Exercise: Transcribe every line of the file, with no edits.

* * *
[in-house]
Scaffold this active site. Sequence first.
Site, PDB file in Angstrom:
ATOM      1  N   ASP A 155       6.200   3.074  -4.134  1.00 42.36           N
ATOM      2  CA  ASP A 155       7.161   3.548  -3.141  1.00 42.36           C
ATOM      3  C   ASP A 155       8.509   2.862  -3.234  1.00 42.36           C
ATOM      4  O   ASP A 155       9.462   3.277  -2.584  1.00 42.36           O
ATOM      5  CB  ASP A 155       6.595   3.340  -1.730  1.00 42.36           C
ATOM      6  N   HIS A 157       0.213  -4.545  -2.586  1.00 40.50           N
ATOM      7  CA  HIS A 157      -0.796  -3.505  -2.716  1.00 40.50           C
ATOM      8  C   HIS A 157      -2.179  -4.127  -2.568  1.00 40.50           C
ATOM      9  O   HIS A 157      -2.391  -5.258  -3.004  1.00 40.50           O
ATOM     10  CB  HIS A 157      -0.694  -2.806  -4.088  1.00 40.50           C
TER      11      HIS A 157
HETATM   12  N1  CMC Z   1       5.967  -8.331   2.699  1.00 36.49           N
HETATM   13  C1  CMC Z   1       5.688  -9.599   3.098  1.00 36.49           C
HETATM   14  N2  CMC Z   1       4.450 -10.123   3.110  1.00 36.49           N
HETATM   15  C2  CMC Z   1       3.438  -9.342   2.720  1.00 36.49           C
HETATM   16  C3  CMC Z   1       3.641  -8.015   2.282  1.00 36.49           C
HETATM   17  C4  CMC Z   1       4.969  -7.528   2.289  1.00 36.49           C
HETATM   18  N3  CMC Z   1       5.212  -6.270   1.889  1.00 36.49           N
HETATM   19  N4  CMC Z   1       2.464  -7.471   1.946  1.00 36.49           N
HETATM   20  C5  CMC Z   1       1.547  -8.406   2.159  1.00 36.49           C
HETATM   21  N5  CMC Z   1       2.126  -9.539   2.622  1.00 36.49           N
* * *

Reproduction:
[in-house]
Scaffold this active site. Sequence first.
Site, PDB file in Angstrom:
ATOM      1  N   ASP A 155       6.200   3.074  -4.134  1.00 42.36           N
ATOM      2  CA  ASP A 155       7.161   3.548  -3.141  1.00 42.36           C
ATOM      3  C   ASP A 155       8.509   2.862  -3.234  1.00 42.36           C
ATOM      4  O   ASP A 155       9.462   3.277  -2.584  1.00 42.36           O
ATOM      5  CB  ASP A 155       6.595   3.340  -1.730  1.00 42.36           C
ATOM      6  N   HIS A 157       0.213  -4.545  -2.586  1.00 40.50           N
ATOM      7  CA  HIS A 157      -0.796  -3.505  -2.716  1.00 40.50           C
ATOM      8  C   HIS A 157      -2.179  -4.127  -2.568  1.00 40.50           C
ATOM      9  O   HIS A 157      -2.391  -5.258  -3.004  1.00 40.50           O
ATOM     10  CB  HIS A 157      -0.694  -2.806  -4.088  1.00 40.50           C
TER      11      HIS A 157
HETATM   12  N1  CMC Z   1       5.967  -8.331   2.699  1.00 36.49           N
HETATM   13  C1  CMC Z   1       5.688  -9.599   3.098  1.00 36.49           C
HETATM   14  N2  CMC Z   1       4.450 -10.123   3.110  1.00 36.49           N
HETATM   15  C2  CMC Z   1       3.438  -9.342   2.720  1.00 36.49           C
HETATM   16  C3  CMC Z   1       3.641  -8.015   2.282  1.00 36.49           C
HETATM   17  C4  CMC Z   1       4.969  -7.528   2.289  1.00 36.49           C
HETATM   18  N3  CMC Z   1       5.212  -6.270   1.889  1.00 36.49           N
HETATM   19  N4  CMC Z   1       2.464  -7.471   1.946  1.00 36.49           N
HETATM   20  C5  CMC Z   1       1.547  -8.406   2.159  1.00 36.49           C
HETATM   21  N5  CMC Z   1       2.126  -9.539   2.622  1.00 36.49           N